Canadian Forest Service Publications

Insect disturbances in forest ecosystems. 2015. Kneeshaw, D.; Sturtevant, B.R.; Cooke, B.; Work, T.; Pureswaran, D.; DeGrandpre, L.; MacLean, D. Chapter 7 in K.S.-H. Peh, R.T. Corlett and Y. Bergeron, eds. Routledge Handbook of Forest Ecology. Taylor & Francis Group, New York, NY.

Year: 2015

Issued by: Northern Forestry Centre

Catalog ID: 36427

Language: English

Availability: Not available through the CFS (click for more information).

Additional information:

Mark record


About the Book

This comprehensive handbook provides a unique resource covering all aspects of forest ecology from a global perspective. It covers both natural and managed forests, from boreal, temperate, sub-tropical and tropical regions of the world. The book is divided into seven parts, addressing the following themes:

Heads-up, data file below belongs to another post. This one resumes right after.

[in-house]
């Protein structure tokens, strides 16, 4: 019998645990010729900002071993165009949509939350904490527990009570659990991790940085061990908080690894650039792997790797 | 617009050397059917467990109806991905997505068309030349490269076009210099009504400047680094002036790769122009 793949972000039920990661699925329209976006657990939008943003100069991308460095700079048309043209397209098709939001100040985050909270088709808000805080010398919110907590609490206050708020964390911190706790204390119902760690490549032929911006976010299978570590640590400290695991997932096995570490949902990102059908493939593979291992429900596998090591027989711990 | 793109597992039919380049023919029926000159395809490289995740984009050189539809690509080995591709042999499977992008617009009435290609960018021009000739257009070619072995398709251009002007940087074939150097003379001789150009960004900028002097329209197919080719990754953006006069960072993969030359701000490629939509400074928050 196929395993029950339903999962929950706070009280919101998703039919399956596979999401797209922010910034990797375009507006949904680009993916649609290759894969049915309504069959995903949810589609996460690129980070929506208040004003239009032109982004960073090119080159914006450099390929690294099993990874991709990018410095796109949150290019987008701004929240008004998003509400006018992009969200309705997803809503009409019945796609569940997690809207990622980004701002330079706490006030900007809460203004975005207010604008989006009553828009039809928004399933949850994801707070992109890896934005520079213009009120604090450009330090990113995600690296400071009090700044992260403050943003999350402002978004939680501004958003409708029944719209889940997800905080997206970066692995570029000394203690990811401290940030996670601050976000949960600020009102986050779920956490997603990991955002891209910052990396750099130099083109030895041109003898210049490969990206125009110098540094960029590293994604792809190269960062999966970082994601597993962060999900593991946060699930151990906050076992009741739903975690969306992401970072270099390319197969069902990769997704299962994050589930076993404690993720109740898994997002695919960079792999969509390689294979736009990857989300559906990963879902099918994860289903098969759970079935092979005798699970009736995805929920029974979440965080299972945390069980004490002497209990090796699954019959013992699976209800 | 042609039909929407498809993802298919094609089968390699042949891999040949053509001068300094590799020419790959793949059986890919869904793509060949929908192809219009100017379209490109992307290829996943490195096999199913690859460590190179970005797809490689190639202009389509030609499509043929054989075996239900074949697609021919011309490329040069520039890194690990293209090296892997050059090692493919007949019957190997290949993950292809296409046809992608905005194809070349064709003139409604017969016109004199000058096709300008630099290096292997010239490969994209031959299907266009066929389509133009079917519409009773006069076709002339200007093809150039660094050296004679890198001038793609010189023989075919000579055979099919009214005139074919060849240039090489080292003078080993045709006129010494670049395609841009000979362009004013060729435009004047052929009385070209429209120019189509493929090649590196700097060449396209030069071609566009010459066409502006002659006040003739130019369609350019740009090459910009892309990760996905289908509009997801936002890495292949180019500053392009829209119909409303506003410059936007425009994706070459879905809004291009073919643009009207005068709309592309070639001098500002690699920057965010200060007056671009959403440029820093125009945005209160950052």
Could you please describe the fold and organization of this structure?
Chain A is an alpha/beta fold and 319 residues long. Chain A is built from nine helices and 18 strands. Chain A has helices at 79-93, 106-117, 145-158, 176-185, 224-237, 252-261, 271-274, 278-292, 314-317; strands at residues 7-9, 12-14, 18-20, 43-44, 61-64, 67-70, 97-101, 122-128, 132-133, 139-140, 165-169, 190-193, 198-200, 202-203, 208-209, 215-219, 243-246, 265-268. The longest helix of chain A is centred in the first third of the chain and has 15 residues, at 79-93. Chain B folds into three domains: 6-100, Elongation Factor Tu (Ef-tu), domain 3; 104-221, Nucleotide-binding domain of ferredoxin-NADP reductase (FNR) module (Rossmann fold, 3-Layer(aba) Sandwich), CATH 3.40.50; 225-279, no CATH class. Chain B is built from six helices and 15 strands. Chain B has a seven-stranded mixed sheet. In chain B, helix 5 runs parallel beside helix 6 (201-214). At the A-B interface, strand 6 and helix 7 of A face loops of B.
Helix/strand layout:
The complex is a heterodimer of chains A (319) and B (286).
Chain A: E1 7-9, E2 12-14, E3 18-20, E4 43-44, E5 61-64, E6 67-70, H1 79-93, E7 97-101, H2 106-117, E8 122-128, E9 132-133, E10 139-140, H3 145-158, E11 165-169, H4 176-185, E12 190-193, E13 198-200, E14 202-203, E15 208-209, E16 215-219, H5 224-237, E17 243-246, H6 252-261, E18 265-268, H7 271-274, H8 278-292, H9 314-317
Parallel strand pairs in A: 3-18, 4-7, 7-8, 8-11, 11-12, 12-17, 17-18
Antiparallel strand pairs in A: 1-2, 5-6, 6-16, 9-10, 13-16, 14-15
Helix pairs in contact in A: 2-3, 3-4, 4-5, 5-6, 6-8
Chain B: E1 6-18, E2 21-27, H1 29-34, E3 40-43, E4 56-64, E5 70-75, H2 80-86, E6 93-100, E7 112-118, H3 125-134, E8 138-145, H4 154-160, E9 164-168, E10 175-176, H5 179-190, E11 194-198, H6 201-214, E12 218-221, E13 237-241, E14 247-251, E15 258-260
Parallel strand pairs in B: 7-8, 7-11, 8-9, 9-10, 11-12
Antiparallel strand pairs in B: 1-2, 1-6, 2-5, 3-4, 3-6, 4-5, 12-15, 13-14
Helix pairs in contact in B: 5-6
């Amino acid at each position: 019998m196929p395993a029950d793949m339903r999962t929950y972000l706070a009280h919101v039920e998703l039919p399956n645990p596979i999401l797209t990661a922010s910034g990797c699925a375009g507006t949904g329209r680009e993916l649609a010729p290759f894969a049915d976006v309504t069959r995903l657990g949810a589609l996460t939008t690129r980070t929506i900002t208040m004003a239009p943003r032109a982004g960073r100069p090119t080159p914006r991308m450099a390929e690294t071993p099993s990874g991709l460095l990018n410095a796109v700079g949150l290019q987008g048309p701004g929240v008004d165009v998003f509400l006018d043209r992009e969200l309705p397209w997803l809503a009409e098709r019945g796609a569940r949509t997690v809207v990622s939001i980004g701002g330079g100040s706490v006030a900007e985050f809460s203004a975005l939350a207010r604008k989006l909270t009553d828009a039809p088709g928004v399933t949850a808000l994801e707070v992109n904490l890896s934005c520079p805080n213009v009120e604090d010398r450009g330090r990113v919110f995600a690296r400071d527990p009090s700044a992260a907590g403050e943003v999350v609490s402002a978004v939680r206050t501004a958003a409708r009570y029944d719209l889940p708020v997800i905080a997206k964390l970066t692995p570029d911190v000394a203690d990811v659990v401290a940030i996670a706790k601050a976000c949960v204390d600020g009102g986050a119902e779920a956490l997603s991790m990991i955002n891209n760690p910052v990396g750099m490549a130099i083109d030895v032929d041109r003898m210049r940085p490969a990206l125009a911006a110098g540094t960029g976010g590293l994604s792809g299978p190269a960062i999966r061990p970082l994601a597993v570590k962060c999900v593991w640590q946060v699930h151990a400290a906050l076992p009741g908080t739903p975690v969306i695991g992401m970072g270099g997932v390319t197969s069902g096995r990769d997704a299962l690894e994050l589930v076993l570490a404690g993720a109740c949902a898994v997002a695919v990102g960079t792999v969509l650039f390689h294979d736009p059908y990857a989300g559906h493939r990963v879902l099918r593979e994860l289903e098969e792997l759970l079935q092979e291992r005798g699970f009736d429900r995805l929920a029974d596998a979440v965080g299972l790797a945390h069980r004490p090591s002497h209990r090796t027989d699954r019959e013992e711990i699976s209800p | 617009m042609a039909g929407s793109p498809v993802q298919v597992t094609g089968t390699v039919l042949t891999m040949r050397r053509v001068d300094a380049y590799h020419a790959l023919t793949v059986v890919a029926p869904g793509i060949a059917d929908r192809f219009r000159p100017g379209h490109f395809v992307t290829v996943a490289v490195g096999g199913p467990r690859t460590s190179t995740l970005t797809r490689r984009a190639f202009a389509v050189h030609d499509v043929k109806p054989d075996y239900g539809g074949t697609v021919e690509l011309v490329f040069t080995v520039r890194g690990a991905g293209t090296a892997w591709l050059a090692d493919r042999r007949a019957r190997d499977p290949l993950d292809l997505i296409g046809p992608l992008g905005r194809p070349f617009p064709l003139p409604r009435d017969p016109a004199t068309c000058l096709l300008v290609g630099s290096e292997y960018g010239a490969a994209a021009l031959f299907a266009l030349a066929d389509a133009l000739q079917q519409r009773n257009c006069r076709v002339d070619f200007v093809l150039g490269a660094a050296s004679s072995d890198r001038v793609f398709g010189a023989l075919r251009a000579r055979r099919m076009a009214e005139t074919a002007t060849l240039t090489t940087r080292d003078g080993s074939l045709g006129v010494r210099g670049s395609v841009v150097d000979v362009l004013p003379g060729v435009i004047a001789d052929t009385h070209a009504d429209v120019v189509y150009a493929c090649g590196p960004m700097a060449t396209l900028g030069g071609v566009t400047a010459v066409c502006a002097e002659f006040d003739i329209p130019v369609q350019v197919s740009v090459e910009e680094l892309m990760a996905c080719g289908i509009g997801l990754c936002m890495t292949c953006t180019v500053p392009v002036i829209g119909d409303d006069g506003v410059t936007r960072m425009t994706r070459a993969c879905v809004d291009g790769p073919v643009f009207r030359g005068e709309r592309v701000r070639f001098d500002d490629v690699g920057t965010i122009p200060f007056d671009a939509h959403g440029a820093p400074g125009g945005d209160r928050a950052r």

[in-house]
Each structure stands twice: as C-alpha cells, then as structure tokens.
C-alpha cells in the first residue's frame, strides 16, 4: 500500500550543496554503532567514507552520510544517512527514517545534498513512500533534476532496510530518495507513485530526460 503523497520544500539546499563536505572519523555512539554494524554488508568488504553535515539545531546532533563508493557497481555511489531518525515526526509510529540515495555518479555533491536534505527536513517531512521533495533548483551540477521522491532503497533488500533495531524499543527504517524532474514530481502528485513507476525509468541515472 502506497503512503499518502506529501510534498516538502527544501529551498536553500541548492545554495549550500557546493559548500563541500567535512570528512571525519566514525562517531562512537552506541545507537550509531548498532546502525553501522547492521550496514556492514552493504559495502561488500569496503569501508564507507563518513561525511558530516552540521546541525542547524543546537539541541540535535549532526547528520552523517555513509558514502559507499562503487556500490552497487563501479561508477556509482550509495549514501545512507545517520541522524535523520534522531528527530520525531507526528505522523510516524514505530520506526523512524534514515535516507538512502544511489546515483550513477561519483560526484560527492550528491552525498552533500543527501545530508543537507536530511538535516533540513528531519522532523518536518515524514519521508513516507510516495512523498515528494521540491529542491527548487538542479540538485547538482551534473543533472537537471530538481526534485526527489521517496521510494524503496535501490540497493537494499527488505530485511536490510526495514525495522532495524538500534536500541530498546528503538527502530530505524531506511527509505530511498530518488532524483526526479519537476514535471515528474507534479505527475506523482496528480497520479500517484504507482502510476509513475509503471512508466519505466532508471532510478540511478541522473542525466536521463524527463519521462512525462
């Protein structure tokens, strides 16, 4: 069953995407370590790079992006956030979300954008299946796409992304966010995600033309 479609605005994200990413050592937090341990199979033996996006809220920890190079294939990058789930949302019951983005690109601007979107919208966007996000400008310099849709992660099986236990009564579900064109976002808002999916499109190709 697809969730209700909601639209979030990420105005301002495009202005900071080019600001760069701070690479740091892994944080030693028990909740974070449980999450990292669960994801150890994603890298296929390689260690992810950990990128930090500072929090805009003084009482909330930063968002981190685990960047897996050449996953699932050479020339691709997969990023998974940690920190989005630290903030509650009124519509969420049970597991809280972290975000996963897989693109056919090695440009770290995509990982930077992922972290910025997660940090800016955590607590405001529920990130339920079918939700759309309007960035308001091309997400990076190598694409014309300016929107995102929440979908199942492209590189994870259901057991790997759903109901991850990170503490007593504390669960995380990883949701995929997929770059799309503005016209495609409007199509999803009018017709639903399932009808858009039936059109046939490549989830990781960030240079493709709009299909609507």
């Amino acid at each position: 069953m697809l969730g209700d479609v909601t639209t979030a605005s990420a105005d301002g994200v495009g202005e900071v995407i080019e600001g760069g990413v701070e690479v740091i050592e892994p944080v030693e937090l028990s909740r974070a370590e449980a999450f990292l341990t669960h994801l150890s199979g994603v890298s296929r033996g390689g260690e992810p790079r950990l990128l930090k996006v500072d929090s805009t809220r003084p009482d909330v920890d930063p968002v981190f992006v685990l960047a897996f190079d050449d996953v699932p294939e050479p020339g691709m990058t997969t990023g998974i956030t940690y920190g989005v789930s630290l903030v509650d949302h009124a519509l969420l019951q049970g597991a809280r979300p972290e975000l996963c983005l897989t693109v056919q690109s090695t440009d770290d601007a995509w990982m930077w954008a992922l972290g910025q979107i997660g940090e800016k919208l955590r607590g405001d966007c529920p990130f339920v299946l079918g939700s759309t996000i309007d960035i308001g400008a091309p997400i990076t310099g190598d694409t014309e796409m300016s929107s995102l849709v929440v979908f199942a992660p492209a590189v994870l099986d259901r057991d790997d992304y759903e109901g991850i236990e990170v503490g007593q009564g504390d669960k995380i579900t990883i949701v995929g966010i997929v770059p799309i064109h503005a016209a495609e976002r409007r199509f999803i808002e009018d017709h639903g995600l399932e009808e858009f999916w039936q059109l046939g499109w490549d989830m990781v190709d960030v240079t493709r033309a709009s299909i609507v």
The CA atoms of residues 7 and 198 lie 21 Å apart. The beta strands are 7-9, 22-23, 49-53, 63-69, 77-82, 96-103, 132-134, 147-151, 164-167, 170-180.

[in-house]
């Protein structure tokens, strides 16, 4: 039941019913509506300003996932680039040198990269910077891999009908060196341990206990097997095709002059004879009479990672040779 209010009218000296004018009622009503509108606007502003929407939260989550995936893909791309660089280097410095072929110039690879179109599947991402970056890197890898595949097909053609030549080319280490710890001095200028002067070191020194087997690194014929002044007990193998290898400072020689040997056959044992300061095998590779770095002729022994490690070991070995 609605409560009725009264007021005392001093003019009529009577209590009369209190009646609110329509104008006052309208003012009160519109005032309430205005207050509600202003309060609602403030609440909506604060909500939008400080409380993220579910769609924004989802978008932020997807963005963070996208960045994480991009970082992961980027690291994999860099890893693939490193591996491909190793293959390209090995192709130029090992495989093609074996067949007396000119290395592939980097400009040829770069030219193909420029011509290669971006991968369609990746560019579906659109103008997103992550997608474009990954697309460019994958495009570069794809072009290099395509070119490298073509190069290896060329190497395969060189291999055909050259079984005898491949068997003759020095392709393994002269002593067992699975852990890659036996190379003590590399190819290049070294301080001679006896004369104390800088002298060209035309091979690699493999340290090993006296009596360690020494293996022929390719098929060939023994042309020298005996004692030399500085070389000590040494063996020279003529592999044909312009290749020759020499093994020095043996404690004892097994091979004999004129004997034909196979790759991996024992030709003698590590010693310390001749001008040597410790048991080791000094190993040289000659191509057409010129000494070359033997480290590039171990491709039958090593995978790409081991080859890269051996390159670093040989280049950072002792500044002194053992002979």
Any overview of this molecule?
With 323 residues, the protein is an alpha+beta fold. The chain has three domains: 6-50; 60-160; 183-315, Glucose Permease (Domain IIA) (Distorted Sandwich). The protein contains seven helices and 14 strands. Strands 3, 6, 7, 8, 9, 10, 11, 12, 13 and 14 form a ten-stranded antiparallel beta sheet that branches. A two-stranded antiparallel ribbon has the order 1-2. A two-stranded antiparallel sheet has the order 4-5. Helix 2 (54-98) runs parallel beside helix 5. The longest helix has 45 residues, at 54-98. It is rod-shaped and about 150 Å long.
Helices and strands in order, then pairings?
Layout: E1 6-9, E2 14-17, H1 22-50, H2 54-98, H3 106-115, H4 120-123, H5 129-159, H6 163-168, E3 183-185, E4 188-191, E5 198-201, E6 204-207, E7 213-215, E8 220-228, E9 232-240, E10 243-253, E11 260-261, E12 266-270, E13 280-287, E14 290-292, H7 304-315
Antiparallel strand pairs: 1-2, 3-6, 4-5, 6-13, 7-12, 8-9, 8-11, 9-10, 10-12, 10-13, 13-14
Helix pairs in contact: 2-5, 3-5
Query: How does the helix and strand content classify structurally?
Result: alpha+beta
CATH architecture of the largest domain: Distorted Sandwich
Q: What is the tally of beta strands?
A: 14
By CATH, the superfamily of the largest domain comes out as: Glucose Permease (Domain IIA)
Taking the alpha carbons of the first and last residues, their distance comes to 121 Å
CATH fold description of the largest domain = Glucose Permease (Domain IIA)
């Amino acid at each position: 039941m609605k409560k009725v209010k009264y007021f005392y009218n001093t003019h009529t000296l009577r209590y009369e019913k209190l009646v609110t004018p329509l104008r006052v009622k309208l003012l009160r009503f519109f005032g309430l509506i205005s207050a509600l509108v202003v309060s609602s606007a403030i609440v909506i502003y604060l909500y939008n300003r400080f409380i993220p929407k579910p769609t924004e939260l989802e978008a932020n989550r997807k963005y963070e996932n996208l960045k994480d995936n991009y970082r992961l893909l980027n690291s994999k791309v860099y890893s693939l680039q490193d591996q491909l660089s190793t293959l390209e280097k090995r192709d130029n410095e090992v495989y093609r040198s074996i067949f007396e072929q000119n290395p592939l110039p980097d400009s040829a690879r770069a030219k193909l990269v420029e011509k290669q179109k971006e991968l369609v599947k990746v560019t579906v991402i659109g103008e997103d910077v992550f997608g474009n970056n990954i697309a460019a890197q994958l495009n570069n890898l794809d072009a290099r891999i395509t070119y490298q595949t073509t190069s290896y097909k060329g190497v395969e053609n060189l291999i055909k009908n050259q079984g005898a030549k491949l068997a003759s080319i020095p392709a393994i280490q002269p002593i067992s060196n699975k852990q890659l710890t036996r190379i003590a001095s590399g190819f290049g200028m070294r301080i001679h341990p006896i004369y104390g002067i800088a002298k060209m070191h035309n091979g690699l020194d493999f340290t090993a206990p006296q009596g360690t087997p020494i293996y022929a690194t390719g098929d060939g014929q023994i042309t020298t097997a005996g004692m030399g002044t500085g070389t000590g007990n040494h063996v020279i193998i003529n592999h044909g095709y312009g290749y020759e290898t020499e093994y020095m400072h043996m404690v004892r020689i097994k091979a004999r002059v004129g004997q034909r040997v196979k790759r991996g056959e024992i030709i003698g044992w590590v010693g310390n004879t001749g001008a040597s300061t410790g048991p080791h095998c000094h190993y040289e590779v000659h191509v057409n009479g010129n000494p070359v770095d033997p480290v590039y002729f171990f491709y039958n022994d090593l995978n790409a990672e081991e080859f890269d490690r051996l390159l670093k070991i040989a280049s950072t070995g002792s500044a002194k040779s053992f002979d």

•forest types

•forest dynamics

•forest flora and fauna

•energy and nutrients

•forest conservation and management

•forests and climate change

•human impacts on forest ecology

While each chapter can stand alone as a suitable resource for a lecture or seminar, the complete book provides an essential reference text for a wide range of students of ecology, environmental science, forestry, geography and natural resource management. Contributors include leading authorities from all parts of the world.

Plain Language Summary

The forested area affected by insect outbreaks in Canada, the United States, and Europe is greater than that disturbed by fire or harvesting. We review the role of insects as disturbance agents in forested ecosystems around the world. We discuss patterns of occurrence and population dynamics for several important outbreak species, from grazing caterpillars that feed externally on foliage to bark beetles that feed internally, under the bark. We highlight how forest characteristics (such as tree size), the insect’s natural enemies, and weather influence the patterns of insect-caused disturbance. We also emphasize the importance of scale in interpreting observations drawn from these systems (i.e., alter the size of the study area, its context, or the resolution of a data analysis, and the results change).